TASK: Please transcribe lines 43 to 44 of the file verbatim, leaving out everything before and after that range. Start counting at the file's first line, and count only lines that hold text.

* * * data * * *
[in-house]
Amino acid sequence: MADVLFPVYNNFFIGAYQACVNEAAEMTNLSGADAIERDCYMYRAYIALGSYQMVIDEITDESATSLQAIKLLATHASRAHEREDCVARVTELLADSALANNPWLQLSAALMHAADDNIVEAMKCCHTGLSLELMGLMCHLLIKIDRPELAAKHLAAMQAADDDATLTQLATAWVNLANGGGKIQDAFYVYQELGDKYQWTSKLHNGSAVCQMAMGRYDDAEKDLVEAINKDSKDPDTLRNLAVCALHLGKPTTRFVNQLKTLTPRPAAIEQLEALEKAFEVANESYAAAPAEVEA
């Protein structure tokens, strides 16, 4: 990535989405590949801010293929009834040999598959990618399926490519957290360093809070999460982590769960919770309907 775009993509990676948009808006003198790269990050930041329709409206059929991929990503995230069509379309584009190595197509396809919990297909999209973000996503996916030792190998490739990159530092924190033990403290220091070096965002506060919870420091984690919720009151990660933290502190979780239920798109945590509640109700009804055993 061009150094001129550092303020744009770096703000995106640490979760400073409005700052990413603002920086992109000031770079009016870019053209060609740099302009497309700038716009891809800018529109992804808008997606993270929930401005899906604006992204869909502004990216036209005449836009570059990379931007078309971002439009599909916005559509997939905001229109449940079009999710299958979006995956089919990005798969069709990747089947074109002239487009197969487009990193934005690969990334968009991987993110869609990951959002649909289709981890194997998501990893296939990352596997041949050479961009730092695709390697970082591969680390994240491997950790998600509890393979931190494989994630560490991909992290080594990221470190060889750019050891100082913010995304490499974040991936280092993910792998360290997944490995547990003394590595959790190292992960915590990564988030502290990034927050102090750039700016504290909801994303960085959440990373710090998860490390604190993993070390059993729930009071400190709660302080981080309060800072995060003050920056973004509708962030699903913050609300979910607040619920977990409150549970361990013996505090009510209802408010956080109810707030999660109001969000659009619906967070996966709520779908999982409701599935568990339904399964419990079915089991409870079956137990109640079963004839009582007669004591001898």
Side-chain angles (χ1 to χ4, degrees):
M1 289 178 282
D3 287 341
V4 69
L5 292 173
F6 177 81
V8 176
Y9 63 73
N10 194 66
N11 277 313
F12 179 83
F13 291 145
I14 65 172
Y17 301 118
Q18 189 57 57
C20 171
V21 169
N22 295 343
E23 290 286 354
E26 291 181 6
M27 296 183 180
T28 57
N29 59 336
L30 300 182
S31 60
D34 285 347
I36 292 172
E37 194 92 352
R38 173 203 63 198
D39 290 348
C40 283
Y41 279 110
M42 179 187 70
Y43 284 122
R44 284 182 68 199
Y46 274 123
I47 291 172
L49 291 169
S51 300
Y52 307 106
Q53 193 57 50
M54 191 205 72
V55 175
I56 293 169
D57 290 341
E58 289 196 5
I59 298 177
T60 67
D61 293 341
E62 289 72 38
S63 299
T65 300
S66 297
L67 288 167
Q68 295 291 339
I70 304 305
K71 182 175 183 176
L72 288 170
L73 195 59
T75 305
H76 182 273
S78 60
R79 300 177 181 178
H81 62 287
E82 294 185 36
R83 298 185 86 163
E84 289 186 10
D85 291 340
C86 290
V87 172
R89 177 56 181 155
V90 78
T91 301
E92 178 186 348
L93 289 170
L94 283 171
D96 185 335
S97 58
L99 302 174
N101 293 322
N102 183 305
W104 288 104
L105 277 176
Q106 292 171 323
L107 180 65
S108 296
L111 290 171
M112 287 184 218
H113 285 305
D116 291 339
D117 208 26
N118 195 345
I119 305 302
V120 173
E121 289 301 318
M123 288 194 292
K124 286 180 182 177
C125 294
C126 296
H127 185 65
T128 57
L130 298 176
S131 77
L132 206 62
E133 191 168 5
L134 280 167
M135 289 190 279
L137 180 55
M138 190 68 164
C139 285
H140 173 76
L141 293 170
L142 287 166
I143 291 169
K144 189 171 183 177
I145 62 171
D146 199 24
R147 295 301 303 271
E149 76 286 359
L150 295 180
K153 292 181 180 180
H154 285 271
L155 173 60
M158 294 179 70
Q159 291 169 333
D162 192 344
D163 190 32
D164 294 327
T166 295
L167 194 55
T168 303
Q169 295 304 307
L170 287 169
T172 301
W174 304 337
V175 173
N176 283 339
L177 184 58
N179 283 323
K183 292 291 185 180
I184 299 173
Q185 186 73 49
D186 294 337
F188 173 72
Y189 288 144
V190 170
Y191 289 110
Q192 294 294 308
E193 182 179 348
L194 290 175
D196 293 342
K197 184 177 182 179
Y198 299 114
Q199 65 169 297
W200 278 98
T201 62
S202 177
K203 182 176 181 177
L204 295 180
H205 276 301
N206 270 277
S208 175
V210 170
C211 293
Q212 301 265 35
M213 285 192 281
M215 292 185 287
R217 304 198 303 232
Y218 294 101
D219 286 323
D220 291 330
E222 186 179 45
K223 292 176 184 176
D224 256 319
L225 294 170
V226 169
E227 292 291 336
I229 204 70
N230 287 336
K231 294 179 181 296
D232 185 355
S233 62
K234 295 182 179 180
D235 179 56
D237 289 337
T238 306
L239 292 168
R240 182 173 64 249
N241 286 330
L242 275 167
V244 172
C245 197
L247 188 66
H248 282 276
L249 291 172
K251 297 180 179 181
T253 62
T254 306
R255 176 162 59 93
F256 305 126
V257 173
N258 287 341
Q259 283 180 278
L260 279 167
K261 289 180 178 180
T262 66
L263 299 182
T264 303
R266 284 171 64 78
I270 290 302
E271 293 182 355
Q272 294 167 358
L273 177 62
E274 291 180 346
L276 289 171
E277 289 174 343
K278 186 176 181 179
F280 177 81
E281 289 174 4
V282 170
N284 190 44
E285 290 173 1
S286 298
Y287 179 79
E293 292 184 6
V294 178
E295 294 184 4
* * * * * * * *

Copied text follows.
Y52 307 106
Q53 193 57 50